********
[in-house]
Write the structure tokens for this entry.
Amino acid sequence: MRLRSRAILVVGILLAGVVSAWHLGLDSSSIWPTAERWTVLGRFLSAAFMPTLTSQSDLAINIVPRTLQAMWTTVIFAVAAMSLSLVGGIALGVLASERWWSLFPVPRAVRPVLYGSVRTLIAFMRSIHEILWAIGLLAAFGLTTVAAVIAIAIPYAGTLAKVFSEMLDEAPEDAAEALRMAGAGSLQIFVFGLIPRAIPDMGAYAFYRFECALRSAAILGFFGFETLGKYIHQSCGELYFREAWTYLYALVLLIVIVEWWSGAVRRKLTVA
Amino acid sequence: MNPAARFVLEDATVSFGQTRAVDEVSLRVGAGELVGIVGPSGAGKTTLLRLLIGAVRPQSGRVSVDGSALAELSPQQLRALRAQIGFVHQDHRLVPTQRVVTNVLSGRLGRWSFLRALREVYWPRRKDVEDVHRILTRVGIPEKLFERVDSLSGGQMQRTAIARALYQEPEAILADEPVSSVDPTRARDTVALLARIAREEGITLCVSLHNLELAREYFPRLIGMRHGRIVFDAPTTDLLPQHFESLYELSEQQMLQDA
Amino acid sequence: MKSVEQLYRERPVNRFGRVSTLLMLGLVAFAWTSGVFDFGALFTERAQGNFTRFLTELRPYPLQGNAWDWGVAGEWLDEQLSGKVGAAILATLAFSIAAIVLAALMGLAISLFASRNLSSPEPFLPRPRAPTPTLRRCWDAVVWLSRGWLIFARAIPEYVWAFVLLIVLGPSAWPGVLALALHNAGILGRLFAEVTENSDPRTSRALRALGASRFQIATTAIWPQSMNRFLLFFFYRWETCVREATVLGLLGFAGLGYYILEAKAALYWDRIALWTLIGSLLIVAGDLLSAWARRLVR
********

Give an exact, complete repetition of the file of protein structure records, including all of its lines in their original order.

[in-house]
Write the structure tokens for this entry.
Amino acid sequence: MRLRSRAILVVGILLAGVVSAWHLGLDSSSIWPTAERWTVLGRFLSAAFMPTLTSQSDLAINIVPRTLQAMWTTVIFAVAAMSLSLVGGIALGVLASERWWSLFPVPRAVRPVLYGSVRTLIAFMRSIHEILWAIGLLAAFGLTTVAAVIAIAIPYAGTLAKVFSEMLDEAPEDAAEALRMAGAGSLQIFVFGLIPRAIPDMGAYAFYRFECALRSAAILGFFGFETLGKYIHQSCGELYFREAWTYLYALVLLIVIVEWWSGAVRRKLTVA
Amino acid sequence: MNPAARFVLEDATVSFGQTRAVDEVSLRVGAGELVGIVGPSGAGKTTLLRLLIGAVRPQSGRVSVDGSALAELSPQQLRALRAQIGFVHQDHRLVPTQRVVTNVLSGRLGRWSFLRALREVYWPRRKDVEDVHRILTRVGIPEKLFERVDSLSGGQMQRTAIARALYQEPEAILADEPVSSVDPTRARDTVALLARIAREEGITLCVSLHNLELAREYFPRLIGMRHGRIVFDAPTTDLLPQHFESLYELSEQQMLQDA
Amino acid sequence: MKSVEQLYRERPVNRFGRVSTLLMLGLVAFAWTSGVFDFGALFTERAQGNFTRFLTELRPYPLQGNAWDWGVAGEWLDEQLSGKVGAAILATLAFSIAAIVLAALMGLAISLFASRNLSSPEPFLPRPRAPTPTLRRCWDAVVWLSRGWLIFARAIPEYVWAFVLLIVLGPSAWPGVLALALHNAGILGRLFAEVTENSDPRTSRALRALGASRFQIATTAIWPQSMNRFLLFFFYRWETCVREATVLGLLGFAGLGYYILEAKAALYWDRIALWTLIGSLLIVAGDLLSAWARRLVR